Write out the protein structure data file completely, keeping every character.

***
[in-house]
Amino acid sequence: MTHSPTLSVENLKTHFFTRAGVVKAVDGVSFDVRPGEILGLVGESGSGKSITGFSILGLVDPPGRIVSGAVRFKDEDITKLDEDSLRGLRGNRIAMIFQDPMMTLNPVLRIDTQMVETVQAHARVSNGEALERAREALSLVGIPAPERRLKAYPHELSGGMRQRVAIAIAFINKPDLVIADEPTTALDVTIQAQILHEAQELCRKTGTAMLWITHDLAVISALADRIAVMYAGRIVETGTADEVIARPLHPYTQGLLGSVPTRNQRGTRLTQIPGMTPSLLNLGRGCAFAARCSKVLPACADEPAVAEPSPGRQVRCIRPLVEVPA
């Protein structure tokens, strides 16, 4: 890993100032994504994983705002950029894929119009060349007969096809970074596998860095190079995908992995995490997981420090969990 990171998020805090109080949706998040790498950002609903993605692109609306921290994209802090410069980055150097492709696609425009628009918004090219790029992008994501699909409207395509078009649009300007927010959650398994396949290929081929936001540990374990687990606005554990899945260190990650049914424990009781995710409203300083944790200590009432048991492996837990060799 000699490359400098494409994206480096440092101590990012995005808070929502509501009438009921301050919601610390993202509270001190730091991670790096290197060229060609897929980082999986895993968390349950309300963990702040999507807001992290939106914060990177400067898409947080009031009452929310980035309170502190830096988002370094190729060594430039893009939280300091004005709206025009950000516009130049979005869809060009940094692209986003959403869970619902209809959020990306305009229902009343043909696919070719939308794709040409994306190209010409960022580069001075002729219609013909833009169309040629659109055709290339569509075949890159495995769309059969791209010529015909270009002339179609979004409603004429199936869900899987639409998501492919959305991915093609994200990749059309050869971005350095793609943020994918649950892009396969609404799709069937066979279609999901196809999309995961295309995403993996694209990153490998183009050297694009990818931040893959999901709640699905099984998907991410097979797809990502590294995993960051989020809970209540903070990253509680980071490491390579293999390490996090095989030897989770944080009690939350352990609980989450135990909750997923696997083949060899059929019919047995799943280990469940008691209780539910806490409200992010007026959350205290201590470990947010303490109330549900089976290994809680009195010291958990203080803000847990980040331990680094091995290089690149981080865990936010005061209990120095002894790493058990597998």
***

[in-house]
Amino acid sequence: MTHSPTLSVENLKTHFFTRAGVVKAVDGVSFDVRPGEILGLVGESGSGKSITGFSILGLVDPPGRIVSGAVRFKDEDITKLDEDSLRGLRGNRIAMIFQDPMMTLNPVLRIDTQMVETVQAHARVSNGEALERAREALSLVGIPAPERRLKAYPHELSGGMRQRVAIAIAFINKPDLVIADEPTTALDVTIQAQILHEAQELCRKTGTAMLWITHDLAVISALADRIAVMYAGRIVETGTADEVIARPLHPYTQGLLGSVPTRNQRGTRLTQIPGMTPSLLNLGRGCAFAARCSKVLPACADEPAVAEPSPGRQVRCIRPLVEVPA
């Protein structure tokens, strides 16, 4: 890993100032994504994983705002950029894929119009060349007969096809970074596998860095190079995908992995995490997981420090969990 990171998020805090109080949706998040790498950002609903993605692109609306921290994209802090410069980055150097492709696609425009628009918004090219790029992008994501699909409207395509078009649009300007927010959650398994396949290929081929936001540990374990687990606005554990899945260190990650049914424990009781995710409203300083944790200590009432048991492996837990060799 000699490359400098494409994206480096440092101590990012995005808070929502509501009438009921301050919601610390993202509270001190730091991670790096290197060229060609897929980082999986895993968390349950309300963990702040999507807001992290939106914060990177400067898409947080009031009452929310980035309170502190830096988002370094190729060594430039893009939280300091004005709206025009950000516009130049979005869809060009940094692209986003959403869970619902209809959020990306305009229902009343043909696919070719939308794709040409994306190209010409960022580069001075002729219609013909833009169309040629659109055709290339569509075949890159495995769309059969791209010529015909270009002339179609979004409603004429199936869900899987639409998501492919959305991915093609994200990749059309050869971005350095793609943020994918649950892009396969609404799709069937066979279609999901196809999309995961295309995403993996694209990153490998183009050297694009990818931040893959999901709640699905099984998907991410097979797809990502590294995993960051989020809970209540903070990253509680980071490491390579293999390490996090095989030897989770944080009690939350352990609980989450135990909750997923696997083949060899059929019919047995799943280990469940008691209780539910806490409200992010007026959350205290201590470990947010303490109330549900089976290994809680009195010291958990203080803000847990980040331990680094091995290089690149981080865990936010005061209990120095002894790493058990597998």